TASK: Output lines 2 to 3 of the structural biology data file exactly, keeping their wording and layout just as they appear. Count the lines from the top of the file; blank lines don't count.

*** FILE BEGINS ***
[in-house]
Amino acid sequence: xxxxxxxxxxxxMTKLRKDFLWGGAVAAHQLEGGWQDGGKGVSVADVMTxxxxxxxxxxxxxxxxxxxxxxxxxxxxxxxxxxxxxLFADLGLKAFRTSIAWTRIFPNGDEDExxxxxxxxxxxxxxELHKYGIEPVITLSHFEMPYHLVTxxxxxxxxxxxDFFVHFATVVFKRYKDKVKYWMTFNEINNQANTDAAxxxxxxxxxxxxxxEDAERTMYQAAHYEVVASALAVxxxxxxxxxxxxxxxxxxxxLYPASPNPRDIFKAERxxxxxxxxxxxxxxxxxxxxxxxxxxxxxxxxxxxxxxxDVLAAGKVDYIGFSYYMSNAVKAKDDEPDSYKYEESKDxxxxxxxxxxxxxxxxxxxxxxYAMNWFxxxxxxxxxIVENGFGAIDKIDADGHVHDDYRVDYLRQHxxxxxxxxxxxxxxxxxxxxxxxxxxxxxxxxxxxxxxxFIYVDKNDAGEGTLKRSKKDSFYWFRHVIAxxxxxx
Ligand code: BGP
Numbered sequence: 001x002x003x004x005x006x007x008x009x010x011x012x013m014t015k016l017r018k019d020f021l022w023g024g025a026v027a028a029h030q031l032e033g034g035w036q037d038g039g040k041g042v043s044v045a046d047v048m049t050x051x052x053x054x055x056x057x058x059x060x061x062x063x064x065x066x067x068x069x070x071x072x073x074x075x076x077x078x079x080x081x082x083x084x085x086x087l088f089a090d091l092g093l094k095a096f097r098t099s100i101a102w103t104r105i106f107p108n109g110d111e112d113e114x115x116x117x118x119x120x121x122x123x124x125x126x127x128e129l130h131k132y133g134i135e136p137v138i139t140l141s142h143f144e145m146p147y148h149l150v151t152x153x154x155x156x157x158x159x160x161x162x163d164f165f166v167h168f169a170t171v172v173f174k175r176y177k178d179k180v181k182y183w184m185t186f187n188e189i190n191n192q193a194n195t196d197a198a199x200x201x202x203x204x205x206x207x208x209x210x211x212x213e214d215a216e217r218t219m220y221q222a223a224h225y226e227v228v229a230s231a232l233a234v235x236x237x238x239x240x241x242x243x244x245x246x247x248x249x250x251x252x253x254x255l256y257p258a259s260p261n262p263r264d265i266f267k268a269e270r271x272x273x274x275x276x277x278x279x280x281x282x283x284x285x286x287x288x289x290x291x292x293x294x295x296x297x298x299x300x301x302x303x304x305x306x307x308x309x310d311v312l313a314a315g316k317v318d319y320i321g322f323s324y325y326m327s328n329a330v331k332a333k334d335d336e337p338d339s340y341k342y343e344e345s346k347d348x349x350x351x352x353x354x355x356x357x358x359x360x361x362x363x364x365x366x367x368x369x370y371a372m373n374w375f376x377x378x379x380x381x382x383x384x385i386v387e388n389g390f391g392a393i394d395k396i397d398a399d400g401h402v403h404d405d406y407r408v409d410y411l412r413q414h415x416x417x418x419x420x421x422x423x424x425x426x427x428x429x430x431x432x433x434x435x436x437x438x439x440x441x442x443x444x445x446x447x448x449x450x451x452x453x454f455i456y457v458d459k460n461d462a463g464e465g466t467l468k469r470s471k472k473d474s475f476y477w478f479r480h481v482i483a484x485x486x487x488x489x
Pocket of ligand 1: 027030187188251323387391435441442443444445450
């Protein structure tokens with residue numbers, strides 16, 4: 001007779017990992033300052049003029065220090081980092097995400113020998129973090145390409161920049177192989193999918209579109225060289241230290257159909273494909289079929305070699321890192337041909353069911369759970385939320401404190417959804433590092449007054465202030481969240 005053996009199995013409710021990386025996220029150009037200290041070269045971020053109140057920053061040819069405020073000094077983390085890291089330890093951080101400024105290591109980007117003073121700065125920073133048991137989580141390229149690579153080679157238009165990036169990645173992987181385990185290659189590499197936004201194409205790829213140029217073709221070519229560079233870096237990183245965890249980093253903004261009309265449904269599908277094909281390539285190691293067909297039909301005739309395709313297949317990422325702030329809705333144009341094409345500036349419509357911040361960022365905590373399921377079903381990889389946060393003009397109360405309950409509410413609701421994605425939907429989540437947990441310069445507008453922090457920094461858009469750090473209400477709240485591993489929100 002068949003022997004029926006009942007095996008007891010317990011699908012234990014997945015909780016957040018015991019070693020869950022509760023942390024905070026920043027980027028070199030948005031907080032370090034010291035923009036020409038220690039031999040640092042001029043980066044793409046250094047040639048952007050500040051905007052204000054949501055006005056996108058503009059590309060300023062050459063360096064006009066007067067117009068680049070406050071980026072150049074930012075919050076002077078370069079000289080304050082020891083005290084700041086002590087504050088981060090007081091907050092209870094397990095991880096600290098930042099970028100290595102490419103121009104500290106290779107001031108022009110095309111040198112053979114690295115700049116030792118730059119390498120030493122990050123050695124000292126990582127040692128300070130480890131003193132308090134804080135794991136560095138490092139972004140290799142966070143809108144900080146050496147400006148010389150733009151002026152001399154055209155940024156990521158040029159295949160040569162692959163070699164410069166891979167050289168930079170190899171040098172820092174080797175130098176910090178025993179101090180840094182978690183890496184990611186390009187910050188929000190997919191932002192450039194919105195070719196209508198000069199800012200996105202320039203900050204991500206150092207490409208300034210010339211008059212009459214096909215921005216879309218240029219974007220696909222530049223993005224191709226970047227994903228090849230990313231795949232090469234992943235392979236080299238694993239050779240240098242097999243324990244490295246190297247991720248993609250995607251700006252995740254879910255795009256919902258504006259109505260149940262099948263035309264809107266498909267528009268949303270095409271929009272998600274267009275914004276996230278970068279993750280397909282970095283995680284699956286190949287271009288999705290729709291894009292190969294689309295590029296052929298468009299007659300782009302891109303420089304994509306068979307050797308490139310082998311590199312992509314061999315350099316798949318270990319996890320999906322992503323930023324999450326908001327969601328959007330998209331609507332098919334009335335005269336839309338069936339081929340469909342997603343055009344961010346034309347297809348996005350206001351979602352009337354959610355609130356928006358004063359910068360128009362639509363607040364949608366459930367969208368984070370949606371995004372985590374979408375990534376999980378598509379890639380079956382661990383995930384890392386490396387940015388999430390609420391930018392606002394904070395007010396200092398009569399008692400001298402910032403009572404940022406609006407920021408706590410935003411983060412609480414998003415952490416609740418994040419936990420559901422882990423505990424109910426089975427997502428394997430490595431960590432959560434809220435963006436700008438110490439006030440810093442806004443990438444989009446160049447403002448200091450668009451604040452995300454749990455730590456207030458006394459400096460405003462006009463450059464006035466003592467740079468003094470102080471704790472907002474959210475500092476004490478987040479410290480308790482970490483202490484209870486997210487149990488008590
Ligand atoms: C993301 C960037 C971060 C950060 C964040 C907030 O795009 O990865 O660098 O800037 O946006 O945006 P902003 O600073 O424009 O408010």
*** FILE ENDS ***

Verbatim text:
Amino acid sequence: xxxxxxxxxxxxMTKLRKDFLWGGAVAAHQLEGGWQDGGKGVSVADVMTxxxxxxxxxxxxxxxxxxxxxxxxxxxxxxxxxxxxxLFADLGLKAFRTSIAWTRIFPNGDEDExxxxxxxxxxxxxxELHKYGIEPVITLSHFEMPYHLVTxxxxxxxxxxxDFFVHFATVVFKRYKDKVKYWMTFNEINNQANTDAAxxxxxxxxxxxxxxEDAERTMYQAAHYEVVASALAVxxxxxxxxxxxxxxxxxxxxLYPASPNPRDIFKAERxxxxxxxxxxxxxxxxxxxxxxxxxxxxxxxxxxxxxxxDVLAAGKVDYIGFSYYMSNAVKAKDDEPDSYKYEESKDxxxxxxxxxxxxxxxxxxxxxxYAMNWFxxxxxxxxxIVENGFGAIDKIDADGHVHDDYRVDYLRQHxxxxxxxxxxxxxxxxxxxxxxxxxxxxxxxxxxxxxxxFIYVDKNDAGEGTLKRSKKDSFYWFRHVIAxxxxxx
Ligand code: BGP